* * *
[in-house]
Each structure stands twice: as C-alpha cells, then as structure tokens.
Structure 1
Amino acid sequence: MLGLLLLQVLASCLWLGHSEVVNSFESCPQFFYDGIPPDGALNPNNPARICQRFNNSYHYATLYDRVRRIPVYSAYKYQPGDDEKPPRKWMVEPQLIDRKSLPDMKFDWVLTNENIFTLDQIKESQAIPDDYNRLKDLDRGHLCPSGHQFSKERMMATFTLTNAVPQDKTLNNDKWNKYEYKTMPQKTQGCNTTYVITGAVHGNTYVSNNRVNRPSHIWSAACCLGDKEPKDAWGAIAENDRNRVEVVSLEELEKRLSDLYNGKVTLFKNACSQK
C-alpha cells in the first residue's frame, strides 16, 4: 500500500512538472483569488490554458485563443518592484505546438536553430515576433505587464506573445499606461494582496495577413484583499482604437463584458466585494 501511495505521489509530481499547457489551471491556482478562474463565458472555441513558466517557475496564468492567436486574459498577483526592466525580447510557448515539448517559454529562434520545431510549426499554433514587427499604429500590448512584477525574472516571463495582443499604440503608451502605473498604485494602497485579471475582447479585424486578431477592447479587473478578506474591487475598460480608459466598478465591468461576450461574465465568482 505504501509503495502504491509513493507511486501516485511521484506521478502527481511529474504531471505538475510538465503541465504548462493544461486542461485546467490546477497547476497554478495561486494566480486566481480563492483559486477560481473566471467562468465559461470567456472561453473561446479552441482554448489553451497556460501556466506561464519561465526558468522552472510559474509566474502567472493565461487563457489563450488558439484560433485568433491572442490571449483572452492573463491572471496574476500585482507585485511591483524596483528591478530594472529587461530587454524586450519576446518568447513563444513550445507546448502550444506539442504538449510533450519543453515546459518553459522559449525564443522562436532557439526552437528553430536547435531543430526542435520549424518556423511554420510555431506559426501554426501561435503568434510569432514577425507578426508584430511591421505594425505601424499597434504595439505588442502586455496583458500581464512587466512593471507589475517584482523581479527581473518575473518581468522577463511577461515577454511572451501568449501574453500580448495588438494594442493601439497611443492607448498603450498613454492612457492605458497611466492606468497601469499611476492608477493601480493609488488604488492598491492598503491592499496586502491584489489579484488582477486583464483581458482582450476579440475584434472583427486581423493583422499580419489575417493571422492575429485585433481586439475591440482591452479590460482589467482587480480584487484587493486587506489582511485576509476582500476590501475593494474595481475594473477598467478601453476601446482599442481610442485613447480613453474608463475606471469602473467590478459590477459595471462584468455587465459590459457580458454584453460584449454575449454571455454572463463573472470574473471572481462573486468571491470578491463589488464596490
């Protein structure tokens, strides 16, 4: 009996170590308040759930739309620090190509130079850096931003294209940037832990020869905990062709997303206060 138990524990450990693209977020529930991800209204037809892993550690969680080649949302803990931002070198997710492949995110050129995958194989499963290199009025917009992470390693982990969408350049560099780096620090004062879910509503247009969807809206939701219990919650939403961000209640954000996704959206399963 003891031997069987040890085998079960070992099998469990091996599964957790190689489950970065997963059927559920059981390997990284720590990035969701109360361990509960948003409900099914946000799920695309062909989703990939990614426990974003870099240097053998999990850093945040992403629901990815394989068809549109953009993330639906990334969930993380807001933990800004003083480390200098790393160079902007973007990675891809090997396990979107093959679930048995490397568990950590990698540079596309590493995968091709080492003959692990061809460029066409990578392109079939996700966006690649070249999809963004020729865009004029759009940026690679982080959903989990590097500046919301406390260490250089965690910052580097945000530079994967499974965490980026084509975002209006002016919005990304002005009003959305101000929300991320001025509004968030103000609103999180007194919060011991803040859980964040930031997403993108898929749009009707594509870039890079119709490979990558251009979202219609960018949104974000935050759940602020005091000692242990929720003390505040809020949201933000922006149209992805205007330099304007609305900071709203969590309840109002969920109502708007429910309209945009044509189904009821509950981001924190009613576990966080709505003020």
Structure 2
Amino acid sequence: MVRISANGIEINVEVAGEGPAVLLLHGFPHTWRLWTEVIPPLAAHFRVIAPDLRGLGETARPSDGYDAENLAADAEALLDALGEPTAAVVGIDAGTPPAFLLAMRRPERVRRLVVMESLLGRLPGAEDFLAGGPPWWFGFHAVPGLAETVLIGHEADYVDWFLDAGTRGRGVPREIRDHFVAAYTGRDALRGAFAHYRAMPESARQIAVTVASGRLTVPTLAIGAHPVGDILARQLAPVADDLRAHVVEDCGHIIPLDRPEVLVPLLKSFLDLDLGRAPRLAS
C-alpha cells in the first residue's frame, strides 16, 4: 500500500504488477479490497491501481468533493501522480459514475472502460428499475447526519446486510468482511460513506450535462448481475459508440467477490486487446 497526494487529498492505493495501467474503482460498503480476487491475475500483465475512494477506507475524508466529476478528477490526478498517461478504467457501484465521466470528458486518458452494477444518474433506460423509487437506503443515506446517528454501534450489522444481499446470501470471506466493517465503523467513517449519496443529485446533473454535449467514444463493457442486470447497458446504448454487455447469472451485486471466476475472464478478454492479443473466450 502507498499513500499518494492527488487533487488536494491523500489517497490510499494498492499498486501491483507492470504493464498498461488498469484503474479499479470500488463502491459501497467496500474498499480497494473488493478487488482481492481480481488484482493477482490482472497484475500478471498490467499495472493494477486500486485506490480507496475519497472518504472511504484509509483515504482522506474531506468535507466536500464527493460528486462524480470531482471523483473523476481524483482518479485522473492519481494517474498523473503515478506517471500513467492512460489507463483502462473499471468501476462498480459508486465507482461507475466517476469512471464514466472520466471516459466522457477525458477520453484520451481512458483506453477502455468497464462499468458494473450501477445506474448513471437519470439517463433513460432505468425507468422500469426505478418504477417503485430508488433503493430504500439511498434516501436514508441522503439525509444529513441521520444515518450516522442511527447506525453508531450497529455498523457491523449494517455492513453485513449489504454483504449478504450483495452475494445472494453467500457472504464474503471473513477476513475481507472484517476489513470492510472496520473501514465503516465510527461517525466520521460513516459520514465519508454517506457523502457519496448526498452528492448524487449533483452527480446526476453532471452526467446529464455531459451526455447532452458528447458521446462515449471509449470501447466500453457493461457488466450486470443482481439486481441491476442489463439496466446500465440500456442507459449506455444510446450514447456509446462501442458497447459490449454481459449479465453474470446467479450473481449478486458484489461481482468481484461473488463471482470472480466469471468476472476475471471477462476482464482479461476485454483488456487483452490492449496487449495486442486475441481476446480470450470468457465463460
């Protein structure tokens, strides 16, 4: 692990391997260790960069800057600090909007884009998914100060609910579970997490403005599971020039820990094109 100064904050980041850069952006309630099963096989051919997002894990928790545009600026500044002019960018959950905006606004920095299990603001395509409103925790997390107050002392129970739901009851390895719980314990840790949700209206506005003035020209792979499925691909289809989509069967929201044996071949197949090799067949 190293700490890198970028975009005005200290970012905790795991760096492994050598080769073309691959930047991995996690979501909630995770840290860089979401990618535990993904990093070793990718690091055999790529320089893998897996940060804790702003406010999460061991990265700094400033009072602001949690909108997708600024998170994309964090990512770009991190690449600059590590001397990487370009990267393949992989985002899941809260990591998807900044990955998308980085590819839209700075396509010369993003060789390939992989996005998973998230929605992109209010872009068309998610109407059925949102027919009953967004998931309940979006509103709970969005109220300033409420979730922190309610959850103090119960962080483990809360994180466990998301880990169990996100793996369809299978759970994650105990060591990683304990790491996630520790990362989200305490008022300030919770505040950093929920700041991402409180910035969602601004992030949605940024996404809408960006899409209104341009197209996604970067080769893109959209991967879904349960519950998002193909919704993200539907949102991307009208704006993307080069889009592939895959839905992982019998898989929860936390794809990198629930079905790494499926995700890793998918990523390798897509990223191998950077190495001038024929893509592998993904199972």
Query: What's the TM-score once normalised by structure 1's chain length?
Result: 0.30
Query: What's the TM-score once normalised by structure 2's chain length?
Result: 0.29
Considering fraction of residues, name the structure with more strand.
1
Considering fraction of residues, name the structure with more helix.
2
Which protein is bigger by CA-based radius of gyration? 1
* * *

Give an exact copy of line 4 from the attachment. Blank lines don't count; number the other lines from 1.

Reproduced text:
Amino acid sequence: MLGLLLLQVLASCLWLGHSEVVNSFESCPQFFYDGIPPDGALNPNNPARICQRFNNSYHYATLYDRVRRIPVYSAYKYQPGDDEKPPRKWMVEPQLIDRKSLPDMKFDWVLTNENIFTLDQIKESQAIPDDYNRLKDLDRGHLCPSGHQFSKERMMATFTLTNAVPQDKTLNNDKWNKYEYKTMPQKTQGCNTTYVITGAVHGNTYVSNNRVNRPSHIWSAACCLGDKEPKDAWGAIAENDRNRVEVVSLEELEKRLSDLYNGKVTLFKNACSQK